1. There is NO official OSHA requirement for safety training. OSHA Training Institutes are an option and some have an OSHA 500 certification but this doesn’t make the trainer qualified. Most of our trainers are CECSP via NFPA which is a Competent Electrical Safety Professional test they have passed with a minimum level of work experience and adequate continuing education to qualify for this certification. I know many with this certification and it does let you know that they understand the basics of NFPA 70E well but doesn’t speak to the quality of the training they deliver. We offer through our Train the Trainer program a certification on OUR materials. None of these are REQUIRED by OSHA. I have two rules of thumb for NFPA 70E and Electrical Safety Trainers:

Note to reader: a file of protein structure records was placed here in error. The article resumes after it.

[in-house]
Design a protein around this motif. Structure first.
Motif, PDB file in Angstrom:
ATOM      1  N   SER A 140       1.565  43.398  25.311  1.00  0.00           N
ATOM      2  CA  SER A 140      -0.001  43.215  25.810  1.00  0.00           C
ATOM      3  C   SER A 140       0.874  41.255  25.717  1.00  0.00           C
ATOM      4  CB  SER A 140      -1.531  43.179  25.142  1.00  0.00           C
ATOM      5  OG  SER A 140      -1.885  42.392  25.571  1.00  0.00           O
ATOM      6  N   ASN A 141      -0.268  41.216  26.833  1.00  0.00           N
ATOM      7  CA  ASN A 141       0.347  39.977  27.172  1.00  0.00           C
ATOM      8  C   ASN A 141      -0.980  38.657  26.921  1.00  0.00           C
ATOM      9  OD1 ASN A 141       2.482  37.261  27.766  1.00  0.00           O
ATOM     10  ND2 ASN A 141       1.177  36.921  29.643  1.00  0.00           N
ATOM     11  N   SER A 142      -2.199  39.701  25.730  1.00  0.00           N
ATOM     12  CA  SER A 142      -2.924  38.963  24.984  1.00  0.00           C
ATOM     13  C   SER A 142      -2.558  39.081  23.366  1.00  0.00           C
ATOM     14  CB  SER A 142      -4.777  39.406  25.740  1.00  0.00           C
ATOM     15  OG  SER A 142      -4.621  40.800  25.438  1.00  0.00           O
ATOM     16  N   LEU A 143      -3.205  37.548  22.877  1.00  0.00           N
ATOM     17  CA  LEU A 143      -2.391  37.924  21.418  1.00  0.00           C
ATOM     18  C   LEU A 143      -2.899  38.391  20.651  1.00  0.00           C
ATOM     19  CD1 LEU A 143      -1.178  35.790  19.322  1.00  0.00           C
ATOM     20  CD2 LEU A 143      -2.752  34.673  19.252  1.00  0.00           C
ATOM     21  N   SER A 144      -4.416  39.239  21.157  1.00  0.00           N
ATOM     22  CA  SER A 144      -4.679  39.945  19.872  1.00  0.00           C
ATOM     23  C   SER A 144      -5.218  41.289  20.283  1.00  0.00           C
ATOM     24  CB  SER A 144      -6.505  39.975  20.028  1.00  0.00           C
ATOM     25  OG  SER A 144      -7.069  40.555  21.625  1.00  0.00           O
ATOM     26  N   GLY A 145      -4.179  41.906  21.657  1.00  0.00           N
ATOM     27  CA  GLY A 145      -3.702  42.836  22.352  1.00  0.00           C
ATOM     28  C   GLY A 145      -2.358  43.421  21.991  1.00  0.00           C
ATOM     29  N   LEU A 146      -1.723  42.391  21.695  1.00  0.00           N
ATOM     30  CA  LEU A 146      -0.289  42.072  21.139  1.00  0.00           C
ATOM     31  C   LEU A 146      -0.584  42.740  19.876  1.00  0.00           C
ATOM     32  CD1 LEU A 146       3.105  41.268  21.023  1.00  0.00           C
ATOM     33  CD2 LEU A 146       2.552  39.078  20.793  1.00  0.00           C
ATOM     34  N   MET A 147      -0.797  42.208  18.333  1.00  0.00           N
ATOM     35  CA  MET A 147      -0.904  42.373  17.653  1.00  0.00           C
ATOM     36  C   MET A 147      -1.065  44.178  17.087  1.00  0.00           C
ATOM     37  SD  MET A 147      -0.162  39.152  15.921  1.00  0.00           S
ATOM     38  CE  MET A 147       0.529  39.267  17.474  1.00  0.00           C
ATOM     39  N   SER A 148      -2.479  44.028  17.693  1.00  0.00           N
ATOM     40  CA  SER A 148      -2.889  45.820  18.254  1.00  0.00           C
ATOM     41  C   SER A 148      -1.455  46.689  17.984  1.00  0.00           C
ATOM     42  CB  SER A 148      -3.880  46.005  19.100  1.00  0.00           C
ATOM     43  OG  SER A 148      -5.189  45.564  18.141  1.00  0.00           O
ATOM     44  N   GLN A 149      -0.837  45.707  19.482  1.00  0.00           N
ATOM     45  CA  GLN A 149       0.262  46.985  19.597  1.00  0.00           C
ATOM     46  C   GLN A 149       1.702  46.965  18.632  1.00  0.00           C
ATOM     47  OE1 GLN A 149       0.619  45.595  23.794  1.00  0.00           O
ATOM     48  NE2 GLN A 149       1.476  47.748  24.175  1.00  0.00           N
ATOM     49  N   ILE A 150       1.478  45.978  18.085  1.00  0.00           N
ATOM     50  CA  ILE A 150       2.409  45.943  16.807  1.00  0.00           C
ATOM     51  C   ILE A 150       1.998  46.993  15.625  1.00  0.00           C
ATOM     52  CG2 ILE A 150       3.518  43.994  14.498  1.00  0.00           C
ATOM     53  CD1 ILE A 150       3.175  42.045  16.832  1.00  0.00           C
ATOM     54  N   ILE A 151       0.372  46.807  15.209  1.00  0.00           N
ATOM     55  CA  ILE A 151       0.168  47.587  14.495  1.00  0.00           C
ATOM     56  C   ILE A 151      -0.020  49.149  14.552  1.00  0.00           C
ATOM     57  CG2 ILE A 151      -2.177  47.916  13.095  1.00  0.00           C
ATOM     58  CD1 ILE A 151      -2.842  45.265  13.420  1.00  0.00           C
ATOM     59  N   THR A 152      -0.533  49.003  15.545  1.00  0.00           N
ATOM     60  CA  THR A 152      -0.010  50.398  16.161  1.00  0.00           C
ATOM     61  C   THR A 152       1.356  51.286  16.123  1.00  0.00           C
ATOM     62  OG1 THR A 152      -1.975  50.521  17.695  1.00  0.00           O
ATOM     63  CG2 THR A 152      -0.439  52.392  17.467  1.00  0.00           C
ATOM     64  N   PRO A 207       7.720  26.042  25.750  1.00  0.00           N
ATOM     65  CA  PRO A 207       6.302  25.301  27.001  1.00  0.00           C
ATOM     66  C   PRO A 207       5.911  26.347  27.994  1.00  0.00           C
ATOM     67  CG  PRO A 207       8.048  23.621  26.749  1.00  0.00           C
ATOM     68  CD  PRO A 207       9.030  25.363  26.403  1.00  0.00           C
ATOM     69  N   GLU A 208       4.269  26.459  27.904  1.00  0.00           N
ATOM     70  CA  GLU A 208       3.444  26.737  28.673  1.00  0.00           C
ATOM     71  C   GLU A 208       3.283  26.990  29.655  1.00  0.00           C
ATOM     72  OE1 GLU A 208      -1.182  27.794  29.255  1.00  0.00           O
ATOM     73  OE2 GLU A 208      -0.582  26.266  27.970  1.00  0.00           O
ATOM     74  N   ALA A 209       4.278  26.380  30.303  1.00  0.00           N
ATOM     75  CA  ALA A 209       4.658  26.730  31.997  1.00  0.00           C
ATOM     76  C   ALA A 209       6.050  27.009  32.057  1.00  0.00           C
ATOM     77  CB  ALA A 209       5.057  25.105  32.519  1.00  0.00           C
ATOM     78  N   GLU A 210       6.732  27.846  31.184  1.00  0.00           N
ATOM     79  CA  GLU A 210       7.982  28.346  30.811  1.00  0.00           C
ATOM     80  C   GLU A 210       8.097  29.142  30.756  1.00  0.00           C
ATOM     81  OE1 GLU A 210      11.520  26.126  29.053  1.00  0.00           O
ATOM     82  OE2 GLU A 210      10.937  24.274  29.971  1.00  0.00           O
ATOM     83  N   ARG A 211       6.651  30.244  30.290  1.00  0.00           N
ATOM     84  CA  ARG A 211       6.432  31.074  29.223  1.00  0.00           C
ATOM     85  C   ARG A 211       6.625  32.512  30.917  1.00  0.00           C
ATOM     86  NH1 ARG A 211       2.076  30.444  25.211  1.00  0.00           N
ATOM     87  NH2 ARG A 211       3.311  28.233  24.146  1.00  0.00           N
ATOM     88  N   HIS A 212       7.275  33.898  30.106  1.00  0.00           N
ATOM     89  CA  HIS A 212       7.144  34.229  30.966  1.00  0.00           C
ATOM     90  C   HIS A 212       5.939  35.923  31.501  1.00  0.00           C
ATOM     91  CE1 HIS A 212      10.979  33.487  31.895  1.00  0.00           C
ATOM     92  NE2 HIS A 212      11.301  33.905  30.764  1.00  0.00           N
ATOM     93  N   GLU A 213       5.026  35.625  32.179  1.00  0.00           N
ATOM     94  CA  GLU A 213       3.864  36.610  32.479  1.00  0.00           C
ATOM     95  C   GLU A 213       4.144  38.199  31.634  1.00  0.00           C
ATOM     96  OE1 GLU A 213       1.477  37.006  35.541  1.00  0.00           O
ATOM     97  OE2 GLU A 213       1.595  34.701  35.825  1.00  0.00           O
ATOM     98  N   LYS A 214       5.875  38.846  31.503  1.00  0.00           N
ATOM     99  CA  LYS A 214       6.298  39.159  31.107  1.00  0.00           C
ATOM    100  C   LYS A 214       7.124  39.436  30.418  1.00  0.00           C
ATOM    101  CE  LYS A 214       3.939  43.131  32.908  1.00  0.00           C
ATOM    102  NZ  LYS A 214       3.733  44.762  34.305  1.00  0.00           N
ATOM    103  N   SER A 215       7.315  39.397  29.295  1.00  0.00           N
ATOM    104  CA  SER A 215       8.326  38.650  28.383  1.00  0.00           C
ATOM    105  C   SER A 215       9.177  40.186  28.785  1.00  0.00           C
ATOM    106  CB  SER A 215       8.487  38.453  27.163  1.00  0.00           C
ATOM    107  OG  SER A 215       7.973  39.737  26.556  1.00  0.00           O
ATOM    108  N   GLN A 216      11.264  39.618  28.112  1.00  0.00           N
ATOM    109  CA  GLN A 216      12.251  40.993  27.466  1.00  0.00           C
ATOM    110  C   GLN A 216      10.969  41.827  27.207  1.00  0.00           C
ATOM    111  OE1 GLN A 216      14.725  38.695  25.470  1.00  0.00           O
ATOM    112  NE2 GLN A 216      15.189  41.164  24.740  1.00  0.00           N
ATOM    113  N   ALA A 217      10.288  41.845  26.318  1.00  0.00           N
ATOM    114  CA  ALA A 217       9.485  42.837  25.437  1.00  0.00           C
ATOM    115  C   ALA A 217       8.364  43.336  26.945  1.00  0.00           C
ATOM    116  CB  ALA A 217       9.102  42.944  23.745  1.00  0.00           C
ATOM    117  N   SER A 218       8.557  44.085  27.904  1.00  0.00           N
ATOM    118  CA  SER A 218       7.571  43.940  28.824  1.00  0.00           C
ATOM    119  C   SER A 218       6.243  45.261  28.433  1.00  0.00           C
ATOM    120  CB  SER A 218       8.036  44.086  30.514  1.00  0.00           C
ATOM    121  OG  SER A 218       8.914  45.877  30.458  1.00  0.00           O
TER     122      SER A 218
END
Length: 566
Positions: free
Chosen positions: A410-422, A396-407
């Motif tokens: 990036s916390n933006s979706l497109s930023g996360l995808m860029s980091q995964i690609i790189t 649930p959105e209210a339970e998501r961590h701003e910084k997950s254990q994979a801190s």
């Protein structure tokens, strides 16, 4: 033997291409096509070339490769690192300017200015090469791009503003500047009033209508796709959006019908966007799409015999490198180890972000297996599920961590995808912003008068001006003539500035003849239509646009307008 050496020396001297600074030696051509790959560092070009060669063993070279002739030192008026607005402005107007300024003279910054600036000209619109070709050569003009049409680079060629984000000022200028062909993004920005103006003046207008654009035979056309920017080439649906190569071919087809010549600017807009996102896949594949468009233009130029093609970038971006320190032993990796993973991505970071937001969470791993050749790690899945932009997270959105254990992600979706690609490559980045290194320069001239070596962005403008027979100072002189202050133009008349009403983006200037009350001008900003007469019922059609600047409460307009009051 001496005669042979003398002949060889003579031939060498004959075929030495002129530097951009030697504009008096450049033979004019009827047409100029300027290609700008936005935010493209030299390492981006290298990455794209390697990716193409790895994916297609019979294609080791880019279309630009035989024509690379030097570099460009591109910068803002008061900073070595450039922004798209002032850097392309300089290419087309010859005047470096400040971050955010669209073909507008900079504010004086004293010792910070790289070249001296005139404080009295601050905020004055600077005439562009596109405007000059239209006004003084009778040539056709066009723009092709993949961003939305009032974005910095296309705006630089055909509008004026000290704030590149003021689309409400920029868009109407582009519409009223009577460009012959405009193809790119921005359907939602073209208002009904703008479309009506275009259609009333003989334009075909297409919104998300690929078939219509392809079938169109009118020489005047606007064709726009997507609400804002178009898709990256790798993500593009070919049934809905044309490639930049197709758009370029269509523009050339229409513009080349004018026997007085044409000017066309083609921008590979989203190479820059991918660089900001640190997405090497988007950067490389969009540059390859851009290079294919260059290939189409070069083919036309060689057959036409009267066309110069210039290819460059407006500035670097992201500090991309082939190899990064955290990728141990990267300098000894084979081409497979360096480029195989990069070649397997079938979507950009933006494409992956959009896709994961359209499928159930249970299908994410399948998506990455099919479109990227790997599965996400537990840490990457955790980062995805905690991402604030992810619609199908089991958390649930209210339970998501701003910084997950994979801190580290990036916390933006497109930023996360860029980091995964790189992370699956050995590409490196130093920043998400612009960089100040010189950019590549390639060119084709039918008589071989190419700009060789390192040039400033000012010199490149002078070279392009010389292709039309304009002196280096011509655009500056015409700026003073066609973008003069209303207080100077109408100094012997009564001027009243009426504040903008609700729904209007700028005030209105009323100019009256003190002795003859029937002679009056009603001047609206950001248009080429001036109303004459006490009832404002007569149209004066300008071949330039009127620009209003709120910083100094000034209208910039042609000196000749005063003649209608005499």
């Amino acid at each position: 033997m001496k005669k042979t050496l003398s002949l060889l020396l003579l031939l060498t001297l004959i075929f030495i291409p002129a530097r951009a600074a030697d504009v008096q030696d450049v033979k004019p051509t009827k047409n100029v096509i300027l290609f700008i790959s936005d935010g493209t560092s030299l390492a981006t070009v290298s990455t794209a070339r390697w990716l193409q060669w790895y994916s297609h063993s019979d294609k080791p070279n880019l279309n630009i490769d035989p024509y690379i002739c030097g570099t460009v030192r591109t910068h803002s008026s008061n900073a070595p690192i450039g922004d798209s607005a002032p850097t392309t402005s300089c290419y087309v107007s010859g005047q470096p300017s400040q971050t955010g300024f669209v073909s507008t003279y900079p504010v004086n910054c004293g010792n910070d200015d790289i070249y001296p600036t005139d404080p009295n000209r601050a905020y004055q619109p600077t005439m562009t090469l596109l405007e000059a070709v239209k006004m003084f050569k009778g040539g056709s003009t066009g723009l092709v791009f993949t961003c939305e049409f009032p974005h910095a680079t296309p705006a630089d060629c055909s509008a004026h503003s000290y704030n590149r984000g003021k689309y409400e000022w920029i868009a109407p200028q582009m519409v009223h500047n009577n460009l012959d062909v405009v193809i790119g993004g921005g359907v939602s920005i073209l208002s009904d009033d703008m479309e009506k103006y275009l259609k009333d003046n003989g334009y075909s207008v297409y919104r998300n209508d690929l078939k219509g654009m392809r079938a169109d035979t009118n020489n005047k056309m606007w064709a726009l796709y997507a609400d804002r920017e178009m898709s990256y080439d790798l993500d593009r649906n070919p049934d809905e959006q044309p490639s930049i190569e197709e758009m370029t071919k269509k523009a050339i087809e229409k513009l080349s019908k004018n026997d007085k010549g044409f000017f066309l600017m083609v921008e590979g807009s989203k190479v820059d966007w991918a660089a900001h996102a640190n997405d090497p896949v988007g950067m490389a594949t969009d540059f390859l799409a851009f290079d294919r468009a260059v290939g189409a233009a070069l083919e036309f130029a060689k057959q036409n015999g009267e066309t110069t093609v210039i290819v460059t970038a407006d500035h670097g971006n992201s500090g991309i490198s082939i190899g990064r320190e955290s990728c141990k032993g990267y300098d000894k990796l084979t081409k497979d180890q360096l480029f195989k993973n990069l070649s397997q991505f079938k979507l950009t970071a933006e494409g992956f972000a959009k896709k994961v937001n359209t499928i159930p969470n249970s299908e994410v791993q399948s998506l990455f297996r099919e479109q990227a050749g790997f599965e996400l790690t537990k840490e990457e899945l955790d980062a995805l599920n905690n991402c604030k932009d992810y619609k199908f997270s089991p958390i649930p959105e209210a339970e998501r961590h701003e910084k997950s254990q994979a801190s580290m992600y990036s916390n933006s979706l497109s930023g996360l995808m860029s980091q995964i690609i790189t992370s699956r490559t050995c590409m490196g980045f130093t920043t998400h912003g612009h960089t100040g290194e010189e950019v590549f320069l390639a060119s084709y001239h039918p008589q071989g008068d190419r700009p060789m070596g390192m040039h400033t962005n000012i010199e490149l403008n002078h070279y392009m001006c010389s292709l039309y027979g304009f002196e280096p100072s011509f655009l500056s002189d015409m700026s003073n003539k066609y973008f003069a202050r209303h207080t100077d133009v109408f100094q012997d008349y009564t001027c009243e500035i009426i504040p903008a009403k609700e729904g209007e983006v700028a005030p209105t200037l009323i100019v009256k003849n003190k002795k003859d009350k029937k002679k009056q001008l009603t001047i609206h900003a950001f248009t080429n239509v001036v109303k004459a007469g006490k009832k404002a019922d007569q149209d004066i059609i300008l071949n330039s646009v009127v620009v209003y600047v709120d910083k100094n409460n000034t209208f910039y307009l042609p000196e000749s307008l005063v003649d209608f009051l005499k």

a. Have substantial field experience in equipment and work practices.
      b. Have a thorough knowledge of the NFPA 70E, OSHA Electrical and related standards.
      c. Have quality training materials which use the applicable standards in a legal copyrighted manner.

      Many companies copy parts of the NFPA 70E standard and make handouts which is illegal, other companies do cheap training because they are selling PPE and/or other services or equipment. After viewing MANY training classes from clothing companies and equipment companies, I have found less than 5 that cover all a worker needs to know and many open the company to copyright infringement. Just be careful.

      Hands-on on training requires a “qualified” trainer, No “certification” is required BUT the company is responsible. On HV, the hands on should be annual IF the work is not done more than annually. The 3 years is ON the standard since the standard is updated every three years but may be more frequent IF the OSHA standard changes between training, company policies or practices changes or equipment changes.